My Journey on Entrepreneurship Begins
Before you read, please answer and compare to the answer you give at the end.
Are you self employed or an employee?
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Always be the wolf climbing the hill
There is a saying, "The wolf on top of the hill is never as hungry as the wolf climbing the hill".There was always something about working for someone else that just didn't sit right with me. Why would I work the best years of my life away at any job. No matter how hard you work, you would never get that time back.
There are many reasons why a person might decide to start their own business.The prospect of "doing the grind" never appealed to me. I don't even like doing it when i get the odd chance to play my video games! Why would I want to waste time in a game while simultaneously wasting time in real life?! One day it clicked, and I saw the workplace for what it was, just that, a grind. Unfortunately its a grind that affects just about every aspect of your life. Suddenly I grasped the reality of how much influence your boss actually has over your life. The journey began with that simple concept. I don't want to live like that. Why would I let an organization that passively controls every aspect of my life, control how much money I make? The answer was in front of me the whole time. Don't.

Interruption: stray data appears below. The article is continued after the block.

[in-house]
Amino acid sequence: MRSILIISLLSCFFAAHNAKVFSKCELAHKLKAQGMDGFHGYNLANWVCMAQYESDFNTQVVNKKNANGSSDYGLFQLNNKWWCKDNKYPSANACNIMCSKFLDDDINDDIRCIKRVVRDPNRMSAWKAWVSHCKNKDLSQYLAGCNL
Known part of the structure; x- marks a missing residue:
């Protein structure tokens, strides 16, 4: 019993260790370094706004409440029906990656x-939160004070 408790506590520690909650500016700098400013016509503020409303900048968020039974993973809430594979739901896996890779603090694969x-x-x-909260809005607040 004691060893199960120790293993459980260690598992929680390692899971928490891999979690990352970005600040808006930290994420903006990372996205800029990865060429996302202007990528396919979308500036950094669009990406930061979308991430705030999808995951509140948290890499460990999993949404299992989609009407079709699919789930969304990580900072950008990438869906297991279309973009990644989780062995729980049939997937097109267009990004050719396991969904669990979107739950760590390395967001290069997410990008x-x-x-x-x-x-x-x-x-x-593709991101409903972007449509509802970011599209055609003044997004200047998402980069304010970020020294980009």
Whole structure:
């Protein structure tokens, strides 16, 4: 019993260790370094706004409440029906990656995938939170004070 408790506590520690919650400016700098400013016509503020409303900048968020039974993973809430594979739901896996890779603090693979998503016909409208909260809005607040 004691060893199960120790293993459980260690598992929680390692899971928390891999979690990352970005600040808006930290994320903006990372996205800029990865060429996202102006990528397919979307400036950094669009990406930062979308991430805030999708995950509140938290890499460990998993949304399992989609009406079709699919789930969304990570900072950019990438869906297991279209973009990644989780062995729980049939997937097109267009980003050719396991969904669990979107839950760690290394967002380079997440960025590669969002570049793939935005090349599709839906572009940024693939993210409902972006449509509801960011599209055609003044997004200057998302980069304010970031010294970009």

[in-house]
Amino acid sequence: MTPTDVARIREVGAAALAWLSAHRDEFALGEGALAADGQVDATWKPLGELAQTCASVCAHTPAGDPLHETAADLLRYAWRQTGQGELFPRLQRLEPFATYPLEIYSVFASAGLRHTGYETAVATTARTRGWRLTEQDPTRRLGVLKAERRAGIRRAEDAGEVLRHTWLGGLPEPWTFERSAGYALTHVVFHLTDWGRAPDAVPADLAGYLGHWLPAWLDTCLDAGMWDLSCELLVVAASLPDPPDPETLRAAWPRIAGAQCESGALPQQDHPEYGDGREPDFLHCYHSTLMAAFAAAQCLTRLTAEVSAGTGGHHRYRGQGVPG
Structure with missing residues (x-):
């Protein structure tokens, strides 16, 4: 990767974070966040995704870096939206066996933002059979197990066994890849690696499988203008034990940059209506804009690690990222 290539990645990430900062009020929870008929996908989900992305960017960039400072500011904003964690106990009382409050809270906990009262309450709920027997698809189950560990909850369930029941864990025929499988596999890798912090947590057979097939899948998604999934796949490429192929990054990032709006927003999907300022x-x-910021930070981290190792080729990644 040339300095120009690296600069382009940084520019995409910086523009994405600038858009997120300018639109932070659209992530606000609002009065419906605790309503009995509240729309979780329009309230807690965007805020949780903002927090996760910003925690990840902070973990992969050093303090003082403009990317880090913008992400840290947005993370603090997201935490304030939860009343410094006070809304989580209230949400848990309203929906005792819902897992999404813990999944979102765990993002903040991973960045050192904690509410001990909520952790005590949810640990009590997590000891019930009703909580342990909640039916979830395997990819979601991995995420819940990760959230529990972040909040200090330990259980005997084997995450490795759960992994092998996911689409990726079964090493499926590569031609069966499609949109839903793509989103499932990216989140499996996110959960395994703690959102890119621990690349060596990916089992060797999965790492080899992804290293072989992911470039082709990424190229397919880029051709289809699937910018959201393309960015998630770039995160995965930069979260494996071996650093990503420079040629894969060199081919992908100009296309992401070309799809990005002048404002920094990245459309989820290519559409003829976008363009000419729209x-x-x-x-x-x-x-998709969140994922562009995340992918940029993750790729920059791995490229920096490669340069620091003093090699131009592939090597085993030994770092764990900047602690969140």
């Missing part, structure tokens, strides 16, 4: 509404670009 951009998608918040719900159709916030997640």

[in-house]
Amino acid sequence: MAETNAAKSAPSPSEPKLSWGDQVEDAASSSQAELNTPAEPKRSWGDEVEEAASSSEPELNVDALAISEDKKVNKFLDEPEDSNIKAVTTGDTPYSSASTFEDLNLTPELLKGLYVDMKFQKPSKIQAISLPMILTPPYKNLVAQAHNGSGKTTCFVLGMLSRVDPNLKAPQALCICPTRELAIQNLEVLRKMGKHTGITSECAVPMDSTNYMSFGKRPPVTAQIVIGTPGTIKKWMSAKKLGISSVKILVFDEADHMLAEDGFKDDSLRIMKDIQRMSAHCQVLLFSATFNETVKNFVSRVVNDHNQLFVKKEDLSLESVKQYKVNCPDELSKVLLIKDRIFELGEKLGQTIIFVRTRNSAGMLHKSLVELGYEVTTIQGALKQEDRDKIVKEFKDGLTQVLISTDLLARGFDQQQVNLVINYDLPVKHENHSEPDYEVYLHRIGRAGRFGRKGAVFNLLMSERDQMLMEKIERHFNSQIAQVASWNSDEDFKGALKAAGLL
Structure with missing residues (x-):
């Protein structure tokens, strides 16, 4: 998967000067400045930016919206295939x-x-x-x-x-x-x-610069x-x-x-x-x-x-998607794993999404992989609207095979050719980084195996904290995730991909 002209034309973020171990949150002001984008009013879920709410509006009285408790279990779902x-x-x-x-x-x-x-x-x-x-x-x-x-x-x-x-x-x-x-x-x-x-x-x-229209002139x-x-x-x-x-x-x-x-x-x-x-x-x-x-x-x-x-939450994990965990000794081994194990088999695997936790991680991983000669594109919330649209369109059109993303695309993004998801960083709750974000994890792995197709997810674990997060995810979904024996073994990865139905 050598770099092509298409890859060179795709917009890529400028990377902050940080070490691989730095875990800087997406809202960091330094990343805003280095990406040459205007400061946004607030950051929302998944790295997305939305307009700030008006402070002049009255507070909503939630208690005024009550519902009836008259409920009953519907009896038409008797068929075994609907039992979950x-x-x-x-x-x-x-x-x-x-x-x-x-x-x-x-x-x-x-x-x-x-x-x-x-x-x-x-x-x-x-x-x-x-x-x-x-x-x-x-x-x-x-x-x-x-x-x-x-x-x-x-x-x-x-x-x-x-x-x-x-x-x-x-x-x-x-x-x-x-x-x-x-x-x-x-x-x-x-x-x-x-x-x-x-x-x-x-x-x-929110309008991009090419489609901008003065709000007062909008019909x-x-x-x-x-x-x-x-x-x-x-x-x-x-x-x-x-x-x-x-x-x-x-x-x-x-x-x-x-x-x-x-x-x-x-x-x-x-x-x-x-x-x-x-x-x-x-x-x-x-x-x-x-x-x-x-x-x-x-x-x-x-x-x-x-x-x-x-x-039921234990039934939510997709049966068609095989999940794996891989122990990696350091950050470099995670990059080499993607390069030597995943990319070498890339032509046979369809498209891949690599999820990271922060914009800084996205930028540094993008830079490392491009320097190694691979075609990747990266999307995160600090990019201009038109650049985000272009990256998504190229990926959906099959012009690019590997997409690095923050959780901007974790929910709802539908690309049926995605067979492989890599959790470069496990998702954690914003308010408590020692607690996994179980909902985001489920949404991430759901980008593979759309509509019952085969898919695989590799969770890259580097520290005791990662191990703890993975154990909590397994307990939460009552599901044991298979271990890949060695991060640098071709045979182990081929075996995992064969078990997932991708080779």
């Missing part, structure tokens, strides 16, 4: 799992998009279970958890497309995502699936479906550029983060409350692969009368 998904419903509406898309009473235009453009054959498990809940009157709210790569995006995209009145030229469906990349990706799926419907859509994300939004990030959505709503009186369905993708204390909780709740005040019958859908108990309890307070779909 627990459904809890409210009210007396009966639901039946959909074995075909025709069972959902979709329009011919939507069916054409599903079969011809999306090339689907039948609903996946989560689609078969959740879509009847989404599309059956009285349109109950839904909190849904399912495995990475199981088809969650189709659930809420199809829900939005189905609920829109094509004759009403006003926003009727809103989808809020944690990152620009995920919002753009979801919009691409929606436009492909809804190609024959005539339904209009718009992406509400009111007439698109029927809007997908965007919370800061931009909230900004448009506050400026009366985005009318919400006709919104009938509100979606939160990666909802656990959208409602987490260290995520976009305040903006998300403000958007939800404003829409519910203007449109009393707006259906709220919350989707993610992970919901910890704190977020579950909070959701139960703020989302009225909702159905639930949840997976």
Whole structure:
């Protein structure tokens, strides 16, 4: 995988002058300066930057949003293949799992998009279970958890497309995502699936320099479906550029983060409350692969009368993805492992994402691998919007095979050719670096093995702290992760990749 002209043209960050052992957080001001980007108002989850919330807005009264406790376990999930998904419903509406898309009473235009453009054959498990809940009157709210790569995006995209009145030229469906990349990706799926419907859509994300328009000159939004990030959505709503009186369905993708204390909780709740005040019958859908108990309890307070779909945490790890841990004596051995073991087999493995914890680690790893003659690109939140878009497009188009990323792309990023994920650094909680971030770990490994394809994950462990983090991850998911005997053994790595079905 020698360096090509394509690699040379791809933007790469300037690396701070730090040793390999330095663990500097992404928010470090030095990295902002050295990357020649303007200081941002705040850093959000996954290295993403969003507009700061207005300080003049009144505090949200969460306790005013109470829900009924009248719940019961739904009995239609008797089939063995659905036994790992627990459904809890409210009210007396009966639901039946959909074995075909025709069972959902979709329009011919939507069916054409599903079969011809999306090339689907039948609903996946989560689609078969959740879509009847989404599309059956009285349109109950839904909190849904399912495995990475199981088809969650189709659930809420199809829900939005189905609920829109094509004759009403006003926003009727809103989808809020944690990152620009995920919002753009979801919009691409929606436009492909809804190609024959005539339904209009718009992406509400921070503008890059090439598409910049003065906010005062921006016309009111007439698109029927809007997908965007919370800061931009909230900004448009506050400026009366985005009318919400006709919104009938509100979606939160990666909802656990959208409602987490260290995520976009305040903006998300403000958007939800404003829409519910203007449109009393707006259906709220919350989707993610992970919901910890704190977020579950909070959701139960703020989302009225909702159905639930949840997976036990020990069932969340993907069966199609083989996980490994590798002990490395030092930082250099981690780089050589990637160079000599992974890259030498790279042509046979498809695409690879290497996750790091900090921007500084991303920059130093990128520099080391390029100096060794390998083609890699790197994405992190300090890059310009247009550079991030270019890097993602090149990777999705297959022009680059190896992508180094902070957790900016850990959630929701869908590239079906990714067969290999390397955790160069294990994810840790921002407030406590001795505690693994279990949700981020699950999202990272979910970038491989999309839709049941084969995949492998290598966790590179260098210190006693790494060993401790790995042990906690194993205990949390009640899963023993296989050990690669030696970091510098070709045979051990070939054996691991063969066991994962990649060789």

My dad was a demolition contractor for 20 years or so. He always spoke highly of it, even if there were down times, just like any venture. I started asking myself, "how do I get a piece of that pie?" He kept going through the hard times, sleeping in his truck on occasion to be back at the job site dark and early. It was his choice though.I saw how hard he was working, and I didn't mind the work. What I found was a mountain of paperwork, and even more unpaid labor in order to just get started. I almost gave up before I even got started because it seemed like too much.
Questions would race through my head like, "What if I don't make any money?" or the always present "What if I fail?". Valid concerns, to be sure. They should not be taken lightly. I get the feeling as if i'm asking the wrong question though. What I should be asking myself, and what I would encourage anyone who reads this to ponder is this, "What if I succeed?" I would consider my dad as a success. You don't stay in business for 20 years without doing something right. I intend on learning everything I can and maybe even look back on the bad times with some feeling of accomplishment.